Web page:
A SWOT analysis of the complex interdependencies of the Maltese reimbursement processes

Katharina Abraham, Margreet Franken*

*Corresponding author for this work

Research output: Contribution to journalArticleAcademicpeer-review

1 Citation (Scopus)
40 Downloads (Pure)

Abstract

Background: The processes that operationalize the evaluation framework for new medicines are implemented to reach the system objectives of public health, financial sustainability, and equitability. However, when the activities and procedures of these processes are misaligned, the objectives of the system may be at risk.

Objectives: To evaluate the supporting processes for introducing new medicines in public healthcare services in Malta.

Methods: We first reviewed literature on the Maltese reimbursement system and subsequently conducted semi-structured interviews based on the Hutton Framework. Interviewees included policy makers, committee members, procurement staff, medical specialists, pharmacists, and pharmaceutical industry representatives. After validation, we analysed the data with a Strengths, Weaknesses, Opportunities, and Threats (SWOT) analysis.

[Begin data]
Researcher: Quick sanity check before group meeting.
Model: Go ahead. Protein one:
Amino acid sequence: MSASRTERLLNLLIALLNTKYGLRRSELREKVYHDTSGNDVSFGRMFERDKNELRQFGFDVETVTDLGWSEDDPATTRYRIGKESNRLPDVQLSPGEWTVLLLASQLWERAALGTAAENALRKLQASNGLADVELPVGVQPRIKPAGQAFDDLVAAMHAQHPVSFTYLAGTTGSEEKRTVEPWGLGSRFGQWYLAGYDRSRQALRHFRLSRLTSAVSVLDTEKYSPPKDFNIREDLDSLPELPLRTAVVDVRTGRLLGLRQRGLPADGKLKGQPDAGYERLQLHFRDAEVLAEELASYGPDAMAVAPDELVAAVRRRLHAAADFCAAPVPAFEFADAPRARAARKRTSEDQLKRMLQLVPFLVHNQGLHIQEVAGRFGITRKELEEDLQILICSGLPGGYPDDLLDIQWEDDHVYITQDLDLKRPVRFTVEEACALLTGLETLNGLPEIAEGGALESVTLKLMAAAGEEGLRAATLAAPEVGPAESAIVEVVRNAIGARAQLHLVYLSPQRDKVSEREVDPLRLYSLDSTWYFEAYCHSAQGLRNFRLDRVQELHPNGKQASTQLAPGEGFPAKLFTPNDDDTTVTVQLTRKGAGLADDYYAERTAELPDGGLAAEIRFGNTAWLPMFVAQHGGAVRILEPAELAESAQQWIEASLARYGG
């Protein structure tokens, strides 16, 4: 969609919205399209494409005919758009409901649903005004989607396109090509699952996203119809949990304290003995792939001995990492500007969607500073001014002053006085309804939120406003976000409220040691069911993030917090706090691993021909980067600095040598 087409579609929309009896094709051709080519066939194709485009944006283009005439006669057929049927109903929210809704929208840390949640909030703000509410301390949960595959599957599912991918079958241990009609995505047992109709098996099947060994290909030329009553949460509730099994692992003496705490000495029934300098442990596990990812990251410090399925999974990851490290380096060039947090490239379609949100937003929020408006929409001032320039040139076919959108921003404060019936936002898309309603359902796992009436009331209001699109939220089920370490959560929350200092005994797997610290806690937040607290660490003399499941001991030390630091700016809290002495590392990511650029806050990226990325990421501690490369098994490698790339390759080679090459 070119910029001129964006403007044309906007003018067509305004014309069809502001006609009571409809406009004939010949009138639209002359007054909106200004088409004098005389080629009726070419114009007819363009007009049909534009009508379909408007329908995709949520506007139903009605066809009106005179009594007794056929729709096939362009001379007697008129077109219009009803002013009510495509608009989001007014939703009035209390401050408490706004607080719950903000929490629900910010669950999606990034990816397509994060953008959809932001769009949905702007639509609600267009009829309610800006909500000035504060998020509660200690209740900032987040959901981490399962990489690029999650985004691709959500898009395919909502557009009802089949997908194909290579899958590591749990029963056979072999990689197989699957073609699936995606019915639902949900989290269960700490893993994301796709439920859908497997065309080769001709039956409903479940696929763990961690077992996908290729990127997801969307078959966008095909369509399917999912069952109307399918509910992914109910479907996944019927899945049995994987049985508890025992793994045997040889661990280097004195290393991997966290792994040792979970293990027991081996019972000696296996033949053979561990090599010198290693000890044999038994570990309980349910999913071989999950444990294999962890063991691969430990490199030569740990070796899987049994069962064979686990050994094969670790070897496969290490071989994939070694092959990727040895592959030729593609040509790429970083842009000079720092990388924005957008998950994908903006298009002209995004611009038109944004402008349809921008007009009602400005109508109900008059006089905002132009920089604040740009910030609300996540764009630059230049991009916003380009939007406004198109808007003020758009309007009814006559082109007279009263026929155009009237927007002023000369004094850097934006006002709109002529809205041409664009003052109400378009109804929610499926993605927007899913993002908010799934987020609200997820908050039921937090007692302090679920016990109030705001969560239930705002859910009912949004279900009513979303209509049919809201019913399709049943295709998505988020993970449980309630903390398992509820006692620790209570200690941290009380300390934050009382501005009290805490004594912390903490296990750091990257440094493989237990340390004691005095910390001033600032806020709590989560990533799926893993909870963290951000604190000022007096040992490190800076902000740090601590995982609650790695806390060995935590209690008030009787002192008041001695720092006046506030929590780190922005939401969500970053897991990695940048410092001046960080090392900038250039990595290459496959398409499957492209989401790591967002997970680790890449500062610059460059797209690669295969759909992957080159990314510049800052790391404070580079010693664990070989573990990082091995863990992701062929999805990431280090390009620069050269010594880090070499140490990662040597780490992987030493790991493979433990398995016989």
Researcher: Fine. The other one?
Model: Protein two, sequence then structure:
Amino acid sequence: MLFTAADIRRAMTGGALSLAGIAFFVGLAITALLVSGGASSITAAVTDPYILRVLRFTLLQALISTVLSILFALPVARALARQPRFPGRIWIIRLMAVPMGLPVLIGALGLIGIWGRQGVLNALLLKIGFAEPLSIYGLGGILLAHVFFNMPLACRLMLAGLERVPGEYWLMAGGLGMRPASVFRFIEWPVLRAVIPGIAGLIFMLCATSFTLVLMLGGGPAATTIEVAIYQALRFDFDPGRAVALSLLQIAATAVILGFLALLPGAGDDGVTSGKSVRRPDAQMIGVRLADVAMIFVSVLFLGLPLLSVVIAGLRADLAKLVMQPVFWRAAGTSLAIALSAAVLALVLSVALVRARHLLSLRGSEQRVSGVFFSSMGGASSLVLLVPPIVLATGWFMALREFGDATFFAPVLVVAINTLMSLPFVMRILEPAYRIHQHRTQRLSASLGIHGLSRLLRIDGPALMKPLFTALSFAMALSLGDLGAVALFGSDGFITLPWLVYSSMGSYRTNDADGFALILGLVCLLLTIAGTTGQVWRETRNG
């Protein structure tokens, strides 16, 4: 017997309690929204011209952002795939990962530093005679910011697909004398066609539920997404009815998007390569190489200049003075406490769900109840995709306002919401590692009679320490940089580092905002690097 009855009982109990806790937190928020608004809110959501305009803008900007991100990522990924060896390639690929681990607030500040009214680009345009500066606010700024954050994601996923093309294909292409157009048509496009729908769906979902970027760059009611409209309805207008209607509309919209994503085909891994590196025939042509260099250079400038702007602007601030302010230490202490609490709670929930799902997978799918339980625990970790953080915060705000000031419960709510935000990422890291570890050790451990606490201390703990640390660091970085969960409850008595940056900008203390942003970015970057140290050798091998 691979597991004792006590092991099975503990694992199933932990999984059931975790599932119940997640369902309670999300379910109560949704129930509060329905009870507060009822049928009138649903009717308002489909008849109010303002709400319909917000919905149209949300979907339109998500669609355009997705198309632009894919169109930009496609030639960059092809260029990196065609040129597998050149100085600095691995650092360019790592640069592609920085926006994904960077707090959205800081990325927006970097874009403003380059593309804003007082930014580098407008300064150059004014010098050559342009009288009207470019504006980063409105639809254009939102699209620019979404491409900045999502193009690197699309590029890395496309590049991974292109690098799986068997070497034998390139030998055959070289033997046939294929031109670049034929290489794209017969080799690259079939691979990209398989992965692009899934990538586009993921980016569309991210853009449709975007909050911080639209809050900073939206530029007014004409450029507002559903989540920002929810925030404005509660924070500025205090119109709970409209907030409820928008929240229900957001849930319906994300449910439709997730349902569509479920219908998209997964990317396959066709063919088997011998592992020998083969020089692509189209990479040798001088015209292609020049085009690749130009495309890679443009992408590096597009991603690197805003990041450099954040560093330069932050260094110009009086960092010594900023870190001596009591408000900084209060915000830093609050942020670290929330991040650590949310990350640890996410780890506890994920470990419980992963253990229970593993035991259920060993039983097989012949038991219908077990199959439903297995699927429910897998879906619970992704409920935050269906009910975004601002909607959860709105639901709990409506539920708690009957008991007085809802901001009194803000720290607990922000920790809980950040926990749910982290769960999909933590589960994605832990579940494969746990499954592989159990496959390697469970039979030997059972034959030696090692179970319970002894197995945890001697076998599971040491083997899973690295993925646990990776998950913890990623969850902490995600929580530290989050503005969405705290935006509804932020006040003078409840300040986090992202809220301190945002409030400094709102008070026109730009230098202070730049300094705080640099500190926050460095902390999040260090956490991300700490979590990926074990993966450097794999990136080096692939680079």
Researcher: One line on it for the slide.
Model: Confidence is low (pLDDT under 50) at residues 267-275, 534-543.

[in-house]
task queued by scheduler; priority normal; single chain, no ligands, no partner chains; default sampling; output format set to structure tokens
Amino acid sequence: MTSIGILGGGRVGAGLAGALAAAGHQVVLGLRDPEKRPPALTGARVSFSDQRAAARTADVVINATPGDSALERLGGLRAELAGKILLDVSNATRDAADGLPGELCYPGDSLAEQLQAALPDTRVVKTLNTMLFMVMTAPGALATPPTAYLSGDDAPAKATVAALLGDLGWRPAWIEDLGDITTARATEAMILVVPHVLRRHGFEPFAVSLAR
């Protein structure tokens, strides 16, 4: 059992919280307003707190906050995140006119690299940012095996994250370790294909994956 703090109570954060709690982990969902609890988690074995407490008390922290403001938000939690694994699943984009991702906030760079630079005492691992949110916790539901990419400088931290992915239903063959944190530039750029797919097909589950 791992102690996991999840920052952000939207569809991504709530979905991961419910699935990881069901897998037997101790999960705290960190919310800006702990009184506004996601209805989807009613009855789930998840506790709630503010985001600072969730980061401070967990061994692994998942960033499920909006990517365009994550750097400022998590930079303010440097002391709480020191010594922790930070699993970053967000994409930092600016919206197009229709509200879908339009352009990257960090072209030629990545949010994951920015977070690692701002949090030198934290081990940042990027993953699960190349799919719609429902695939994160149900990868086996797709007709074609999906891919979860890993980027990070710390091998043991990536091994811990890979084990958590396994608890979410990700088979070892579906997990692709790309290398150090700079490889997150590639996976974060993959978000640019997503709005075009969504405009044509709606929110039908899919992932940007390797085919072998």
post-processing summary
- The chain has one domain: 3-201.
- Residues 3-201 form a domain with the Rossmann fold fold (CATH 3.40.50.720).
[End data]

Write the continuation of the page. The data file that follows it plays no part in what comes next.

Results: Most medicines are assessed for introduction on the Government Formulary List. Exceptional requests fall outside this policy and pass through the Exceptional Medicinal Treatment route. Efficiency, quality, and transparency are major weaknesses across the supporting processes. Taking up responsibility, however, is considered the most important factor in reaching system objectives. Stakeholders tend to shift responsibilities to other processes, start/stop activities that impact the activities of subsequent processes whilst dismissing any contribution to the weaknesses of the system. Consequently, system objectives cannot be reached in an optimum manner.

Conclusions: The Maltese case showed that recommendations for introducing new medicines in the public healthcare setting are influenced beyond the choice of HTA tools and criteria. Earmarked budgets, political steering, delays, and uninformed applicants as well as HTA capacity are impeding on system goals of public health, equity, and sustainability.

Original languageEnglish
Article number100095
Pages (from-to)1-8
Number of pages8
JournalHealth Policy OPEN
Volume4
Early online date10 Apr 2023
DOIs
Publication statusPublished - Dec 2023

Bibliographical note

Funding Information:
This study was financed by a grant of the European Structural and Investment Fund (Project: SF04.084). The sponsor had no role in the conduct of the study nor in the writing of this manuscript.

Publisher Copyright:
© 2023 The Author(s)

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